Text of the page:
4 Incremental training

Given the jointly trained model between languages and , the following step is to add new languages in order to use our architecture as a multilingual system. Since parameters are not shared between the independent encoders and decoders, our architecture enables to add new languages without the need to retrain the current languages in the system. Let’s say we want to add language . To do so, we require to have parallel data between and any language in the system. So, assuming that we have trained and , we need to have either or parallel data. For illustration, let’s fix that we have parallel data. Then, we can set up a new bilingual system with language as source and language as target. To ensure that the representation produced by this new pair is compatible with the previously jointly trained system, we use the previous decoder () as the decoder of the new system and we freeze it. During training, we optimize the cross-entropy between the generated tokens and the language reference data but only updating the layers belonging to the language encoder (). Doing this, we train not only to produce good quality translations but also to produce similar representations to the already trained languages. No additional distance is added during this step. The language sentence representation is only enforced by the loss of the translation to work with the already trained module as it would be trained in a bilingual NMT system.

Figure 1: Language addition and zero shoot training scheme

Our training schedule enforces the generation of a compatible representation, which means that the newly trained encoder can be used as input of the decoder from the jointly trained system to produce zero-shot to translations. See Figure 1 for illustration.

The fact that the system enables zero-shot translation shows that the representations produced by our training schedule contain useful information and that this can be preserved and shared to new languages just by enforcing the new modules to train with the previous one, without any modification of the architecture. Another important aspect is that no pivot language is required to perform the translation, once the added modules are trained the zero-shot translation is performed without generating the language used for training as the sentence representations in the shared space are compatible with all the modules in the system.

A current limitation is the need to use the same vocabulary for the shared language () in both training steps. The use of subwords (Sennrich et al., 2015) mitigates the impact of this constraint.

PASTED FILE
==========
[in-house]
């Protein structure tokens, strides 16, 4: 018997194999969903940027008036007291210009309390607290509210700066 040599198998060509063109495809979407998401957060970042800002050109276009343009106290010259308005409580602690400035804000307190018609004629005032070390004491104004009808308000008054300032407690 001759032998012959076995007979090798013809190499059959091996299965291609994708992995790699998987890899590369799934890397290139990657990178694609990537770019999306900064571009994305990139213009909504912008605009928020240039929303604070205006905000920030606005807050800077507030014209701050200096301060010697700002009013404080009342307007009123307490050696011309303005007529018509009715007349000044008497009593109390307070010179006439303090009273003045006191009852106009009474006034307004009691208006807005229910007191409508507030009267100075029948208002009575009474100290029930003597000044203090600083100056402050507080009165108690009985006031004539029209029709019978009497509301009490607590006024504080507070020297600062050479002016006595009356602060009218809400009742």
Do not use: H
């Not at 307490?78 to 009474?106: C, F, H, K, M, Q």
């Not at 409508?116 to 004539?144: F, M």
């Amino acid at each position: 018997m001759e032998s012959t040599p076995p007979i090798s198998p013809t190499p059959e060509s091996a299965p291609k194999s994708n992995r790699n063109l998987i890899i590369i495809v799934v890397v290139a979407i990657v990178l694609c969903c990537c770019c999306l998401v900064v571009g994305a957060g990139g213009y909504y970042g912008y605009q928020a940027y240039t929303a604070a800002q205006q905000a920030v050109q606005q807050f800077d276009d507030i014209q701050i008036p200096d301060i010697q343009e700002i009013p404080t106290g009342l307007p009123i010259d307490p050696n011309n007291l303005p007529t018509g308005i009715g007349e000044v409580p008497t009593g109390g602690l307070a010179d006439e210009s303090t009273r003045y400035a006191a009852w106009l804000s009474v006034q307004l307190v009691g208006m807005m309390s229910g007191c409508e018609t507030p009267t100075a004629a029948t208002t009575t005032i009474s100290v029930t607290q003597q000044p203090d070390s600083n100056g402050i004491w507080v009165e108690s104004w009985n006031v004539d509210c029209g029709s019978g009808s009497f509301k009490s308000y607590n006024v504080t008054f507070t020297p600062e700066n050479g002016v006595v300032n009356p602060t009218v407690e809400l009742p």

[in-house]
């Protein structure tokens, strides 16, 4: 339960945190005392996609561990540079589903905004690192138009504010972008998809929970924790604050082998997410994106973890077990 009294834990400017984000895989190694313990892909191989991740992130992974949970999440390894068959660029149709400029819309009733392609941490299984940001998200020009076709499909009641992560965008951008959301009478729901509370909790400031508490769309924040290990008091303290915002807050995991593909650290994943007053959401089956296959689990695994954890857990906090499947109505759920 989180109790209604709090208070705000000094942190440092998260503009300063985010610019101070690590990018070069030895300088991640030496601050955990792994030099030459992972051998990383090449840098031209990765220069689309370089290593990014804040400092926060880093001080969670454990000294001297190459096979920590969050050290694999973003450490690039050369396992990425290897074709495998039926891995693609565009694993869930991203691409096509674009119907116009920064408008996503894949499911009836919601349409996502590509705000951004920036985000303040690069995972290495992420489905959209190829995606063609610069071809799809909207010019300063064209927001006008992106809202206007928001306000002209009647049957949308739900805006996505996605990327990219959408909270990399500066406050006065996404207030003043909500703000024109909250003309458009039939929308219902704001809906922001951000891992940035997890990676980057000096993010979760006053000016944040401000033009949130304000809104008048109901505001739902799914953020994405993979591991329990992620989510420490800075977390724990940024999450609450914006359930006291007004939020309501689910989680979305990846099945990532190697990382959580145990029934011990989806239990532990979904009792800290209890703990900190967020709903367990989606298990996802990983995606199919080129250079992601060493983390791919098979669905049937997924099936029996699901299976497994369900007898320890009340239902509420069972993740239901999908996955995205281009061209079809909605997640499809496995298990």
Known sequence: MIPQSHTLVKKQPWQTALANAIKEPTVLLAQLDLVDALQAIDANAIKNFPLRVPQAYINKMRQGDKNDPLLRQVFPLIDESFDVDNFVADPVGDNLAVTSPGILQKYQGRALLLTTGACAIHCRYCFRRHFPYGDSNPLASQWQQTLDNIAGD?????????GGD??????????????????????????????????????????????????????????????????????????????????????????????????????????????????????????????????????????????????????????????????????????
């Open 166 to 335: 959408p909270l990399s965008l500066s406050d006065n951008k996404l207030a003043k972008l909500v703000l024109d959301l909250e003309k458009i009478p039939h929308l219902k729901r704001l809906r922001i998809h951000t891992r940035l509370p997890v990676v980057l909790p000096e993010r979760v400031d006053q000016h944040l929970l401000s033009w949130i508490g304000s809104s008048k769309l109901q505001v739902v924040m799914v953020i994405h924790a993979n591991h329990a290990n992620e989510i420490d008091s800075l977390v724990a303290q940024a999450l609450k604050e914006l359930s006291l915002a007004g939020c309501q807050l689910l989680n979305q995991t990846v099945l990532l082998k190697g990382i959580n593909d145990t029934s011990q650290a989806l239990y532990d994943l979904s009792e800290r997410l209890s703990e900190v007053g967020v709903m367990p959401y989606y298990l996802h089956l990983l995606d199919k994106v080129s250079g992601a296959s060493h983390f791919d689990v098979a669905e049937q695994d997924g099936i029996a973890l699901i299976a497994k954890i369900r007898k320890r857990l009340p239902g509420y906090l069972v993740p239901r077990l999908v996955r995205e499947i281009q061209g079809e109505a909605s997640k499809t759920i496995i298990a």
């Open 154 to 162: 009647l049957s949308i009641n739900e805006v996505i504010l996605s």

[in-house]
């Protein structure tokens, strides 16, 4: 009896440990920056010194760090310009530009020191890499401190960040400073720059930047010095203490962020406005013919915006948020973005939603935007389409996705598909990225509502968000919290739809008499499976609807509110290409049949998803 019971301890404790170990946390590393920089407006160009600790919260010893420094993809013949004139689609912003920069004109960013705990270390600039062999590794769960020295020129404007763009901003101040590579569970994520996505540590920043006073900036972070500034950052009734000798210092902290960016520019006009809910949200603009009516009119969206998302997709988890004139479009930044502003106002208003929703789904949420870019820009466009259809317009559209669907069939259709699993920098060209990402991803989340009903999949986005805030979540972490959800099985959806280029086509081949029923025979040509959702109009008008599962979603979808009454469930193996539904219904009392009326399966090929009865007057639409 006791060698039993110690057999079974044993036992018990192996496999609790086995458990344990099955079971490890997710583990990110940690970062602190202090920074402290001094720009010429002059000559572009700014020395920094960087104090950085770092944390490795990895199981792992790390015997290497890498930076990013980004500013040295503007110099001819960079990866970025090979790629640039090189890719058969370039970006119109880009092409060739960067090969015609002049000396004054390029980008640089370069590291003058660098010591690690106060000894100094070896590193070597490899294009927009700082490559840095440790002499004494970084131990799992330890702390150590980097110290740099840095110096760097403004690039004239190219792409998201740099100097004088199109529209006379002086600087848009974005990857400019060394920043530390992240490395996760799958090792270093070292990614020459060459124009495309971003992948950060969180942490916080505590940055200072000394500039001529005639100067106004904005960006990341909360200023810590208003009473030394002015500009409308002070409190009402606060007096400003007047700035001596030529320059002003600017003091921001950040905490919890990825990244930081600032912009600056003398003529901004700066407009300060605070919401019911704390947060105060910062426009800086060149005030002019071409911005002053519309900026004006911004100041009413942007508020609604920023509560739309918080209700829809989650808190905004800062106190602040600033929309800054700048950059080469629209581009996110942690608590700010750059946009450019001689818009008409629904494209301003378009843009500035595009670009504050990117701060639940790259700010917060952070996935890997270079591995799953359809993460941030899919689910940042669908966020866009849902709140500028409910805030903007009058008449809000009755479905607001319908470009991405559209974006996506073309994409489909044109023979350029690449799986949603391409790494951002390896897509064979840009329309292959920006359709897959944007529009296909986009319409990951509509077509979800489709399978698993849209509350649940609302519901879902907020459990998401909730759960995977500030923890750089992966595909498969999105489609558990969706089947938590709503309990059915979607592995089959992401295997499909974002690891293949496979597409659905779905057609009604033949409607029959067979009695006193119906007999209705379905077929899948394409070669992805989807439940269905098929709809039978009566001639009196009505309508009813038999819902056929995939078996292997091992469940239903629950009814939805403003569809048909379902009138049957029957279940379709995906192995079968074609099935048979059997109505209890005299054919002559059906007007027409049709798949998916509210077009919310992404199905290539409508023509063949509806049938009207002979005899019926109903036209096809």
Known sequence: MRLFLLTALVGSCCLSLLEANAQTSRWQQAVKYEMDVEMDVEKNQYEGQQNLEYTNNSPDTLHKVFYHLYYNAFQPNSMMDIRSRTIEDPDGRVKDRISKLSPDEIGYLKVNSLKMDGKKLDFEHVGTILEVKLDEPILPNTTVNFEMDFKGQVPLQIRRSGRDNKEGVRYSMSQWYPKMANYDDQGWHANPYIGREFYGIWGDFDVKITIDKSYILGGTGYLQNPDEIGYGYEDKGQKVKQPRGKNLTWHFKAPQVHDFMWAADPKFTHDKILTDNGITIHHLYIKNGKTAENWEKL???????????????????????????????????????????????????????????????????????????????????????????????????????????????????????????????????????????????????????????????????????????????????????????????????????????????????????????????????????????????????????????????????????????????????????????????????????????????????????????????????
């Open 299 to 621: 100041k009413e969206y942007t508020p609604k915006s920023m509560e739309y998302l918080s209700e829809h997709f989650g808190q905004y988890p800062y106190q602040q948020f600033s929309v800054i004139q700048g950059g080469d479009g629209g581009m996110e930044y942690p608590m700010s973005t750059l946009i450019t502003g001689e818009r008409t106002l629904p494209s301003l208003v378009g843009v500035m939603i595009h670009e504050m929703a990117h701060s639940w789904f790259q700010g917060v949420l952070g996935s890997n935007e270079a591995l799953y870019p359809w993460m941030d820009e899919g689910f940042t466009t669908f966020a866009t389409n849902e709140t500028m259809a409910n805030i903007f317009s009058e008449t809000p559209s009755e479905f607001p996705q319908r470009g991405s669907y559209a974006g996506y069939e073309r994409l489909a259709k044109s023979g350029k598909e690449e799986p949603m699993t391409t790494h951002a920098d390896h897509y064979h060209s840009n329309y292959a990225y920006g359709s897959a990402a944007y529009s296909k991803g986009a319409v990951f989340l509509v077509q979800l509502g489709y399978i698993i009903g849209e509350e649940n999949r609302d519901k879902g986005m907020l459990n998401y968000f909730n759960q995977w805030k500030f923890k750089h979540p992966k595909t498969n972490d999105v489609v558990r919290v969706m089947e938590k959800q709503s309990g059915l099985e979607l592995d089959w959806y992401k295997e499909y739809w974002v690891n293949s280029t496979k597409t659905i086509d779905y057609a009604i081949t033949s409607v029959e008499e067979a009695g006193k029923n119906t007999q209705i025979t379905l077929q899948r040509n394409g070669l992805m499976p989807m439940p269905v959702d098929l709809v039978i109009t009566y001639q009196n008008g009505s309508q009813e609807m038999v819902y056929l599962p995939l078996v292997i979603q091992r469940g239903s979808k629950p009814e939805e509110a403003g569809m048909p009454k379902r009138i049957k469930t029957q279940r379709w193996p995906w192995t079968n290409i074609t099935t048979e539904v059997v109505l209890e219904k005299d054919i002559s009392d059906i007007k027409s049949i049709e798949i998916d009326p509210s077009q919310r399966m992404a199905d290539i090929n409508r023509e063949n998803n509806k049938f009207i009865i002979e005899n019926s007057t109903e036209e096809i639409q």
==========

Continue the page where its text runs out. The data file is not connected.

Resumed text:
5 Data and Implementation

Experiments are conducted using data extracted from the UN (Ziemski et al., 2016) and EPPS datasets (Koehn, 2005) that provide 15 million parallel sentences between English and Spanish, German and French. newstest2012 and newstest2013 were used as validation and test sets, respectively. These sets provide parallel data between the four languages that allow for zero-shot evaluation. Preprocessing consisted of a pipeline of punctuation normalization, tokenization, corpus filtering of longer sentences than 80 words and true-casing. These steps were performed using the scripts available from Moses (Koehn et al., 2007). Preprocessed data is later tokenized into BPE subwords (Sennrich et al., 2015) with a vocabulary size of 32000 tokens. We ensure that the vocabularies are independent and reusable when new languages were added by creating vocabularies monolingually, i.e. without having access to other languages during the code generation.

System ES-EN EN-ES FR-EN DE-EN
Baseline 32.60 32.90 31.81 28.96
Joint 29.70 30.74 - -
Added lang - - 30.93 27.63
Table 1: Experiment results measured in BLEU score. All blank positions are not tested or not viable combinations with our data.
System FR-ES DE-ES
Pivot 29.09 21.74
Zero-shot 19.10 10.92
Table 2: Zero-shot results measured in BLEU score
Figure 2: Plot A shows the source sentence representation of each of the encoder modules(ES,EN,DE,FR). Plots B and C show the representation of the target sentence generated by English(B) and Spanish(C) decoders given the sentence encodings of parallel sentences generated for all four language encoder modules.

6 Experiments